From King Dictionary of Contemporary Englishimmaculateim‧mac‧u‧late /ɪˈmækjələt/ ●○○ adjective 1 CLEANTIDYvery clean and tidy OPP messy He wore an immaculate dark blue suit. an immaculate kitchensee thesaurus at clean, tidy2 PERFECTexactly correct or perfect in every detail SYN flawless her immaculate stage performancesimmaculately adverb
Examples from the Corpus
immaculateThe house was absolutely immaculate.She was always elegantly dressed and absolutely immaculate.Our house was immaculate, and Mother taught us to be polite and deferential to visitors.Leonardo appeared, immaculate as ever in a dark suit and tie.Excellent plates show every conceivable aspect from his stamp to gilt bronzes and immaculate carving.Models sported immaculate centre-parted shoulder-length hair and the beginnings of goatee beards.A small but immaculate figure stood in the doorway.She wore an immaculate grey suit and a tasteful, blue woven immaculate houseSleet was catching on the immaculate lawn of the house next door.He was dressed in an immaculate navy suit and a crisp white shirt.The room is completely immaculate otherwise.They dance with immaculate precision.That wild sky and those immaculate rivers come flooding, literally, across the border.This provided a lifeline for those who could receive it, and an immaculate standard of reporting to measure reality against propaganda.tall, blond soldiers in immaculate uniformsa tiny harbour ringed with immaculate white clapboard housesHe was wearing a grey business suit, an immaculate white shirt and a red and grey striped silk tie.Inside, the complex is immaculate, with neatly trimmed shrubs and rose bushes lining each building.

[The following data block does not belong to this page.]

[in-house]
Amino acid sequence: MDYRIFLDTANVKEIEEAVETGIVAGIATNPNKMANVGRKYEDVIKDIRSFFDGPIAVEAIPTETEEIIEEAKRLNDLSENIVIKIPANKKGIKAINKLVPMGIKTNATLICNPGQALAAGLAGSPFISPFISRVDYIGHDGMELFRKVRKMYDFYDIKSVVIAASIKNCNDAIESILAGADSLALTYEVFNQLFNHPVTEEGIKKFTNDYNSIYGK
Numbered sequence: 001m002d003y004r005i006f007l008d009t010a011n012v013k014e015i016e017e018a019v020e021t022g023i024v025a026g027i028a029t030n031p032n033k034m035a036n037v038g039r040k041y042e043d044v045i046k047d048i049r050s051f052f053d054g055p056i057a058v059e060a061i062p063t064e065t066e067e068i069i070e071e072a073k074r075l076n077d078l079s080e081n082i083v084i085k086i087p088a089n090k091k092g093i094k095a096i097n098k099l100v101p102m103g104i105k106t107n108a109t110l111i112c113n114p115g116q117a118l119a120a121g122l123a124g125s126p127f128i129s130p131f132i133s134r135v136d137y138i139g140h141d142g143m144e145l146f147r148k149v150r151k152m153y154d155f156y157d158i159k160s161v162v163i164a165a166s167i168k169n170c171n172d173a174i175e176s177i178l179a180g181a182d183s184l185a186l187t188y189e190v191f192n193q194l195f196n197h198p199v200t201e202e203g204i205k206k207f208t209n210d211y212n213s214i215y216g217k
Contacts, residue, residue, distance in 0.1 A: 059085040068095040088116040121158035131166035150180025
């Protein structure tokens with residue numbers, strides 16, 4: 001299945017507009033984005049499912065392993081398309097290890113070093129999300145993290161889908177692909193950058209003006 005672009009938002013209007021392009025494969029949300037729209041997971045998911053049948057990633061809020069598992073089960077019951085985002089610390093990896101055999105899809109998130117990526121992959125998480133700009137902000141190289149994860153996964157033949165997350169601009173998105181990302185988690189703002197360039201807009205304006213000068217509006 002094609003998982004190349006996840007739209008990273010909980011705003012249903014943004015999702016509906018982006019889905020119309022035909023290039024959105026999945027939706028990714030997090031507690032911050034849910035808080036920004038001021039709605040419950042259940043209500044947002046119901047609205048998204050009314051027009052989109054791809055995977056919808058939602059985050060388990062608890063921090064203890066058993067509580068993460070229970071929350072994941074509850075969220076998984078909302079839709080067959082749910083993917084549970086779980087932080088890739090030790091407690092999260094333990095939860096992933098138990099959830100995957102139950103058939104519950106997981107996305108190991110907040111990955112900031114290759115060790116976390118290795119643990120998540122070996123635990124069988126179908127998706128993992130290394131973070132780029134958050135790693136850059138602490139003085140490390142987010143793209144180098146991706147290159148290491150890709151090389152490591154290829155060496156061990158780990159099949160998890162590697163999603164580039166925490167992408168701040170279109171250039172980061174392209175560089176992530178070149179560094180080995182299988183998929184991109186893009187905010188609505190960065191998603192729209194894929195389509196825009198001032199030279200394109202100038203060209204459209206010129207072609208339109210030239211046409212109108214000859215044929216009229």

Origin immaculate (1400-1500) Latin immaculatus, from macula spot of dirt